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Myanmar’s Suu Kyi is missing from global meeting on Rohingya

FILE - In this Nov. 13, 2014, file photo, Myanmar's opposition leader Aung San Suu Kyi participates in a meeting at the Parliamentary Resource Center with U.S. President Barack Obama in Naypyitaw, Myanmar. An international gathering about the plight of Myanmar’s persecuted Rohingya Muslims boasts a star-studded cast, with three Nobel Peace laureates among those calling on the world to wake up to the unfolding tragedy. But fellow winner and pro-democracy icon Aung San Suu Kyi will not be among them. She wasn’t invited. (AP Photo/Pablo Martinez Monsivais, File)n

YANGON, Myanmar (AP) — An international gathering about the plight of Myanmar’s persecuted Rohingya Muslims boasts a star-studded cast, with three Nobel Peace Prize laureates among those calling on the world to wake up to the unfolding tragedy.

But fellow winner and pro-democracy icon Aung San Suu Kyi will not be among them. She wasn’t invited.

During her 15 years under house arrest, Suu Kyi won admiration across the globe for her fiery speeches and scathing criticism of the military regime that ruled Myanmar, or Burma, at the time.

After her release in 2010, when ruling generals handed over power to a nominally civilian government, she won a seat in parliament.

The 69-year-old says she is a politician and that she never sought to be a human rights champion. Critics note she is carefully choosing her battles, in part because she has presidential ambitions.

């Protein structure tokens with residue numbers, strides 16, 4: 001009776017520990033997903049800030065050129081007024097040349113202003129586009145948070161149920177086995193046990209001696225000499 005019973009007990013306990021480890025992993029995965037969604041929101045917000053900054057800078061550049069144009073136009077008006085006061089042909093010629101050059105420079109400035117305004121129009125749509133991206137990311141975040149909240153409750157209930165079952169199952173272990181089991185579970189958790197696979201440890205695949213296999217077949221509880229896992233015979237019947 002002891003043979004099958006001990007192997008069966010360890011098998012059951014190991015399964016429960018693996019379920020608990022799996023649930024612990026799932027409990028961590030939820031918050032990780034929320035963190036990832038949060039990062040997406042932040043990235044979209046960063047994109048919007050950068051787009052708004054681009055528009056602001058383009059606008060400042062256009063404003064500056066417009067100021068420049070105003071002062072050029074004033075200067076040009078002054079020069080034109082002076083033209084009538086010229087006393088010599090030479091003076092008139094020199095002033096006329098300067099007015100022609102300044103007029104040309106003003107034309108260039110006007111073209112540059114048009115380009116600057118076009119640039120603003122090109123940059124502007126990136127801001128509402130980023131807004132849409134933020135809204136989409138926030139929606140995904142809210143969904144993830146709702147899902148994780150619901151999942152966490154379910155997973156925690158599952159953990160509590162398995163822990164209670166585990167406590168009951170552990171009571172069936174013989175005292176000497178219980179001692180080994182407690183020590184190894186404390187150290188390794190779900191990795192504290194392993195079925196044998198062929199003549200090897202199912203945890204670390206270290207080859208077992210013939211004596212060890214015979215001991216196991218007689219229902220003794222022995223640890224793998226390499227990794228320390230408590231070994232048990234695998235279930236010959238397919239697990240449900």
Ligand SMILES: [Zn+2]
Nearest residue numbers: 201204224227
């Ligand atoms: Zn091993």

In a predominantly Buddhist country of 50 million people, where there is much animosity toward the 1.3 million Rohingya Muslims, Suu Kyi (pronounced “Suu chee”) has opted to remain silent, even as the world watched in horror while more than 3,000 hungry, dehydrated Rohingya and Bangladeshi migrants washed ashore in Malaysia, Indonesia and Thailand this month, according to the U.N. refugee agency.

The international gathering at the Nobel Institute in Oslo, Norway, was opened Tuesday by former Norwegian prime minister Kjell Magne Bondevik. His country pledged $1.3 million to help Rohingya in Myanmar’s Rakhine state by improving living conditions, preventing people from fleeing by sea and curbing tensions between ethnic groups.

The meeting featured video statements from Nobel laureates Desmond Tutu, Jos

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